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Thomas Wentworth Higginson, Henry Wadsworth Longfellow, Index (search)
294. Eustaphieve, Miss, 20. Evangeline, 194, 209, 210, 221, 258, 280, 285; criticism on, 197; publication of, 200. Everett, Mrs., Alexander, 50. Everett, Edward, 71,118, 178. Every Other Saturday, 22 note, 36 note, 64 note. Federalists, the, 11. Fellows, Mrs., 17. Felton, Prof. Cornelius C., 70, 112, 119, 139, 146, 156, 162, 168, 272, 284, 285; aids Longfellow in his work, 173, 191. Ferguson, Mr., 224. Fields, James T., 224, 240, 241. Fields, Mrs. James T., 191. Florence, Italy, 223. Florian, John P. C. de, 121. Footsteps of Angels, 112. Foreign Quarterly Review, the, mentioned, 168. Forster, John, 168, 241. Frazer, Mr., 89. France, 48, 55, 98, 155, 158, 252, 259. Franklin, Benjamin, 6. Freiligrath, Ferdinand, 161, 193, 271; on Hiawatha, 209; Longfellow writes about Dante translations to, 225, 226. Freneau, Philip, 23. Frugal Housewife, the, 121. Fuller, Margaret. See Ossoli. Fulton, Robert, 6. Furness, Rev. W. H., 192. Furness Abbe
arms and devices. Bryce's Holy Roman Empire, fourth ed., 367, 371. The attitude of Austria to the United States will appear as our narrative proceeds. Kaunitz and the imperial house of his day sowed seed that had no life; and their policy bore no fruit, delaying for their generation the development of the great Austrian state. In Italy, which by being broken into fragments was reft of its strength though not of its beauty, the United States had hoped to find support from the ruler of Florence, to whom they had commissioned an envoy: the world had been full of the praises of his code and of his government. But the hope was altogether vain. The south of Italy followed Spain. The pope took no thought of colonies which were soon to form a republic, with a people far more thoroughly Protestant than any nation in Europe. But the genius of the Italians has always revered the struggles of patriotism; and, while the Americans fought for their liberties, Filangieri was preparing the w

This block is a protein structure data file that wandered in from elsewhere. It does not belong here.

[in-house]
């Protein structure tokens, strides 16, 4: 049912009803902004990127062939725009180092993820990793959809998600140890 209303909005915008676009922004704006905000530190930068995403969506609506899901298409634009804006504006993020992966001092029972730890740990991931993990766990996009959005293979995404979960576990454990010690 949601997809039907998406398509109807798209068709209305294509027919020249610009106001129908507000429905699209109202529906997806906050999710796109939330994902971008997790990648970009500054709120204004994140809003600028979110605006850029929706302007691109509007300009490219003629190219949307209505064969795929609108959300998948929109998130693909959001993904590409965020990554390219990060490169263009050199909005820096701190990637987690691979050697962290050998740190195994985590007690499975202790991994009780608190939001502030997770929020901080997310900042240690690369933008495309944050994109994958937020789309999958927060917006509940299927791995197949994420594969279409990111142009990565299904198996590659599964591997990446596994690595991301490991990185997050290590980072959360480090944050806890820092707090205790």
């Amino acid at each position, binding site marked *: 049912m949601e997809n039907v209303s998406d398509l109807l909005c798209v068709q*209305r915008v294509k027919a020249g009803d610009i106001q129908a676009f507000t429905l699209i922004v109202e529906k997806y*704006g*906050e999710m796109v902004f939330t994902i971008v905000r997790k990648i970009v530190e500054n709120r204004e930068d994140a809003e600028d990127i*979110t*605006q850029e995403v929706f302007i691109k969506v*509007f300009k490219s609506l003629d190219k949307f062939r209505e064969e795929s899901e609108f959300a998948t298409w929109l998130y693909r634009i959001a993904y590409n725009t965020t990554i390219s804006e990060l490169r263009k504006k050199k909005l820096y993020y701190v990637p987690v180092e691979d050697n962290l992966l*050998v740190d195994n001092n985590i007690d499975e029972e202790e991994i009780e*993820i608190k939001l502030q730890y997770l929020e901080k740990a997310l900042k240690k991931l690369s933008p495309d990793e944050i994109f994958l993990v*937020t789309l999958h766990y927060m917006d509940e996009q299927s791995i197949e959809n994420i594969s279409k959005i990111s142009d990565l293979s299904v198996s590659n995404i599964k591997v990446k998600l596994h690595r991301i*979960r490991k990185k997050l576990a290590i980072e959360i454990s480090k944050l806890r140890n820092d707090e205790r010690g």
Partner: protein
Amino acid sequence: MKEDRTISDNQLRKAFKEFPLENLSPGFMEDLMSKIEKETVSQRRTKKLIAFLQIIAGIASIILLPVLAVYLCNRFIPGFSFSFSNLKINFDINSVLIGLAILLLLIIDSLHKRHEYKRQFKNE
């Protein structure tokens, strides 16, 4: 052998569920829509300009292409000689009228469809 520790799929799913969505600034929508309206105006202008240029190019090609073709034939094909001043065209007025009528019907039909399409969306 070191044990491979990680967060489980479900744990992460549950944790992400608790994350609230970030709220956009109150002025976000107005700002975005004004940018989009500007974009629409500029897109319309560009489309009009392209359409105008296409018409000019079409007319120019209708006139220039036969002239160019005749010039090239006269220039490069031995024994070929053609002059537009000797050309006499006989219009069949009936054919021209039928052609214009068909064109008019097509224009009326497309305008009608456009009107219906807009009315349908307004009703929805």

Medford Historical Society Papers, Volume 22., William Gray of Salem and Samuel Gray of Medford. (search)
If class prophecies were then in order, and it had been foretold that Lucia Gray would have a daughter who would live beyond a century's mark, and a granddaughter who would be well known in the world of art and letters, it might have seemed like a wild flight of fancy, but it would have run parallel with the true course of events. A daughter of this little Medford school girl married Francis Alexander, a native of Connecticut. He was an artist, who settled first in Boston, then in Florence, Italy, * Medford was on the stage line called the upper route to Exeter and Portland. where the daughter, Francesca, was born. She inherited artistic taste and was endowed with poetic gifts. She became well known as an author and illustrator, and Ruskin, who was a friend of mother and daughter, thought very highly of this talented American girl. Francesca died in February, 1917. Another granddaughter of Lucia Gray, Mrs. Edward N. Hallowell, for many years a resident of West Medford